From the tail end of 1989 until about 1994 or so, I was actively involved with this little start-up music `zine called The New York Review of Records. I’ve mentioned it here a few times. Don’t bother looking for it now, as it’s long gone (although, amusingly enough, someone was selling ancient issues on eBay, not too long back, for an arguably presumptuous sum). Despite its lofty title, ambition and our best efforts, it never really got off the ground, although, on a personal level, I made a wide array of friends and truly valuable contacts through my involvement with the endeavor. It may have been a frequently frenetic project to be a part of, but I’m forever grateful to it for opening up so many doors.
Along with it being an opportunity to cobble together some nascent experience as a more or less actual “music journalist,” my tenure at the NYROR forcibly yanked me out of my post-collegiate doldrums by the scruff of my neck and dropped me into the roiling morass of NYC’s live music scene. While I’d already been a regular gig-goer and club-attender, being a payless-but-hopeful staffer at the New York Review of Records suddenly had me regularly fraternizing with a nation of product-pushing publicists. As such, what the gig lacked in salary was more than compensated for, to my mind, by having my name added to any number of record company press-contact lists. That was a privilege that routinely filled my mailbox with promo albums and put my name on crucial guest lists, giving me entrée into a dizzying host of venues all across the city. That did not suck.
Given the pervasive strain of guilt and obligation that comes with my fourteen years of Catholic education, anytime a publicist added me to a guest list, I ridiculously felt that it was basically my duty to attend whatever the event was … whether I had any intention of writing about it or not. I mean, they were nice enough to add me,…the least I could do was show up, right? Little did I know that they usually weren’t doing it out of the goodness of their heart or any genuine regard for me, but whatever. It got me out of the house a lot.
As such, I suddenly found myself darkening the doors of any number of establishments and experiencing all sorts of nightlife. From the bowels of Brownie’s to the catwalks of the Limelight to the cramped claustrophobia of the Cooler and the smoky opium den of Wetlands Preserve, I found myself rubbing shoulders and clinking glasses with rockers and rappers of all description.
But for every storied venue like The Palladium, the Ritz (by that point on West 54th) and the Knitting Factory, there were scores of fleeting, ill-fated spots that history has either reduced to blips on the radar or erased entirely. Who, for example, remembers Woody’s on Second Avenue (which I wrote about here), Skep on Broome Street, or –- once again -– Downtown on Bond Street?
One club that I vividly remember but have had a devil of a time finding any info on was a place in Chelsea called, as I recalled, the Building. Try Googling that, right? Impossible.
I visited the Building just a few times. Once was invariably for some CMJ New Music Marathon event, featuring a spoken-word performance/rant by Jello Biafra, former lead singer and primary troublemaker for Dead Kennedys. I remember the main floor (only floor?) of the club being this giant room with a very high ceiling, with brick face on all sides. There was a second tier in the form of a balcony, which held the DJ booth, if memory serves. I remember Jello perched on that balcony with a long, leather coat and striking pair of glacier glasses, exhorting to a largely disinterested flock of CMJ badge-wielders and industry schmoozers down below. This photo at right by one Rune Hellestad may even have been from that very evening.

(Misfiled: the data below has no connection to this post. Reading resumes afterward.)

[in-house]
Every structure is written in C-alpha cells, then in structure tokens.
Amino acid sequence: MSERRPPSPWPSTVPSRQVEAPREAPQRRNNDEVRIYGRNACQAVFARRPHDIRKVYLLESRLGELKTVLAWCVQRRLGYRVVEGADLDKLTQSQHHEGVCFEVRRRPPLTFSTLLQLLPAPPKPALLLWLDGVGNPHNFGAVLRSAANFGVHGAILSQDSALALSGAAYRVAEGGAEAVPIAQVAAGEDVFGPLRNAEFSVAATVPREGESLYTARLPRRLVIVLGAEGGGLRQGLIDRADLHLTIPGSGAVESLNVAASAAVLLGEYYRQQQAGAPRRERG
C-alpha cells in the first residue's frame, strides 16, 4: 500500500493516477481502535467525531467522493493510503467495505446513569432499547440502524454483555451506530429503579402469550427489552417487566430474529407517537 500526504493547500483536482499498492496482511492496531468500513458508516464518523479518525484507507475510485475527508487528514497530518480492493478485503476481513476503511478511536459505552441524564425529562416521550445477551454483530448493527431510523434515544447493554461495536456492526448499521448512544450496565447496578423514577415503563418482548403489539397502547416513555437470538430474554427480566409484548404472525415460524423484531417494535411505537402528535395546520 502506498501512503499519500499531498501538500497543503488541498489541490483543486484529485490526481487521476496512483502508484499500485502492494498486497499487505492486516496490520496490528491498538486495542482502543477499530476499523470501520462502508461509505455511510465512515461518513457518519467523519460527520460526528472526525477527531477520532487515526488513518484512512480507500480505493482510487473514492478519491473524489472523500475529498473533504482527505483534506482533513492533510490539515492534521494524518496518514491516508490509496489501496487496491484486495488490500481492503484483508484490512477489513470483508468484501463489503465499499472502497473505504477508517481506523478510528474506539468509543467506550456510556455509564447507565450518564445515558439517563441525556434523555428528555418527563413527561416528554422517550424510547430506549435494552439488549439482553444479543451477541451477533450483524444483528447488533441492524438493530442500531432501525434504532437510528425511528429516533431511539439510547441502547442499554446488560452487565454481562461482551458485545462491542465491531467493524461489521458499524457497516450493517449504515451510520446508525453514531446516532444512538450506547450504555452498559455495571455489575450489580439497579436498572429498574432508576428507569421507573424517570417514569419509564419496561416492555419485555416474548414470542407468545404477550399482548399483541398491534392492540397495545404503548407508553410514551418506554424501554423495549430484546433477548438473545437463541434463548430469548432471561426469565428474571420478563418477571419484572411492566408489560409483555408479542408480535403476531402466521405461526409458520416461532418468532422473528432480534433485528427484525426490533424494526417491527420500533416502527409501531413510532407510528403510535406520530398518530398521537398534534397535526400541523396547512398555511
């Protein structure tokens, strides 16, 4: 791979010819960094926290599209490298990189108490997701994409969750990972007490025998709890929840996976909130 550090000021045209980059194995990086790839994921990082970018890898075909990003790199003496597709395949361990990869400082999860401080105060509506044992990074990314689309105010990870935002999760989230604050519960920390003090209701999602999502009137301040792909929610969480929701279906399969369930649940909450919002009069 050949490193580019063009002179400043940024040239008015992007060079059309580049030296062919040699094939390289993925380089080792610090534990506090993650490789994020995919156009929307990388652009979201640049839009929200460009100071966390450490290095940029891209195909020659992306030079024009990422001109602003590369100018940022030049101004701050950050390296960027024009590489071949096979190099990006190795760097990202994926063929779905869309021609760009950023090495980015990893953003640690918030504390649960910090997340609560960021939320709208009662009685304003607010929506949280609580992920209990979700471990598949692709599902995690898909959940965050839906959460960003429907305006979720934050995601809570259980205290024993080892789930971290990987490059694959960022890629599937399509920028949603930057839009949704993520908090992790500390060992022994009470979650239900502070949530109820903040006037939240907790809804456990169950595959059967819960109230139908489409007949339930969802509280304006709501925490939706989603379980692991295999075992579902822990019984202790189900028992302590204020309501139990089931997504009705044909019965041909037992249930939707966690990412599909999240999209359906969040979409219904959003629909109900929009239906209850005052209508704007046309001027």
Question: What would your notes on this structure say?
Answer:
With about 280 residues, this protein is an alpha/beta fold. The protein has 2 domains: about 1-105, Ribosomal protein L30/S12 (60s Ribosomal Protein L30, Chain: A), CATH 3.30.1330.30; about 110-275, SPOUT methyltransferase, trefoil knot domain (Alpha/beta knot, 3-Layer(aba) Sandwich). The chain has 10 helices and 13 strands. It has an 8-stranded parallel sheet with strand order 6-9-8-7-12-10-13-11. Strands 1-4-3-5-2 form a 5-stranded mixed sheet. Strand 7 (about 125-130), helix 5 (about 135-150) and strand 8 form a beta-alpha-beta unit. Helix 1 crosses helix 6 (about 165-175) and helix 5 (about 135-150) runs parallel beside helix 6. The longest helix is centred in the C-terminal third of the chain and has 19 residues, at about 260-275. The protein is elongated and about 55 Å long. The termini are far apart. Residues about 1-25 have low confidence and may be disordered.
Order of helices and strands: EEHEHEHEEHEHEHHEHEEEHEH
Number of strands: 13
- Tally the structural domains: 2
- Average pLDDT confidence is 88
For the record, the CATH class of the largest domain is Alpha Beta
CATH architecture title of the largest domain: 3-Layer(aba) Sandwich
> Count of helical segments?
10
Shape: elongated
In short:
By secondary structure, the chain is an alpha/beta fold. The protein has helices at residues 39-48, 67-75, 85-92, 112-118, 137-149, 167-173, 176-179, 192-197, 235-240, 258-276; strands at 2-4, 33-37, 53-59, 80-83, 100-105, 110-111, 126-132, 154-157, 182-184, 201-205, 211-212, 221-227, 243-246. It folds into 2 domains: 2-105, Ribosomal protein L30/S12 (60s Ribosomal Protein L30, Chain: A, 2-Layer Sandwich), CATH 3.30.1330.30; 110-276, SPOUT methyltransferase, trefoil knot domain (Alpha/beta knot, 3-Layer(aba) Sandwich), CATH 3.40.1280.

I remember Jello being immediately followed by the scratchy intro to “Beers, Steers + Queers” by the Revolting Cocks (below), kicking off an evening of industrial music by similarly inclined acts like Lead Into Gold, Consolidated, Acid Horse, Meat Beat Manifesto et al. I remember having fun.
I do remember going a second time and it being a good deal more difficult to get in, but I can’t remember if it was for a specific event or not. I remember going a third time with some friends from out-of-town, and ended up taking them on a somewhat circuitous route to the venue. By the time we got there, one member of our party was so exhausted from walking that she may have slapped me. I believe she hadn’t worn the correct shoes for such an expedition.
Anyway, after that, like so many other venues, the Building just seemed to quietly drop off the menu, so to speak. I remember trying to remember its address a few years back, but coming up entirely empty. With the exception of my club-savvy comrade Willy (not his real name, but the nom-de-guerre I assigned him on this post), no one I’ve spoken with since those days has ever seemed to remember the Building. Nor, for that matter, could I find the actual ….er…building.
Imagine my glee, then, upon spotting an article today, by way of the otherwise unlikely source of StandardHotels.com. It’s essentially an oral history of Building (not the Building, evidently … simply Building), that portrays it as a groundbreaking Hip-Hop club! Who knew? I don’t remember it being exclusively a Hip-Hop establishment, but hey … maybe I just went on the wrong nights. I do remember a Beastie Boys function there, come to think of it (and I want to say I remember a video the Beasties shot there, but I’ll be damned if I can find any evidence of same).
Anyway, check out the full story here. Evidently, Building's building is no longer standing.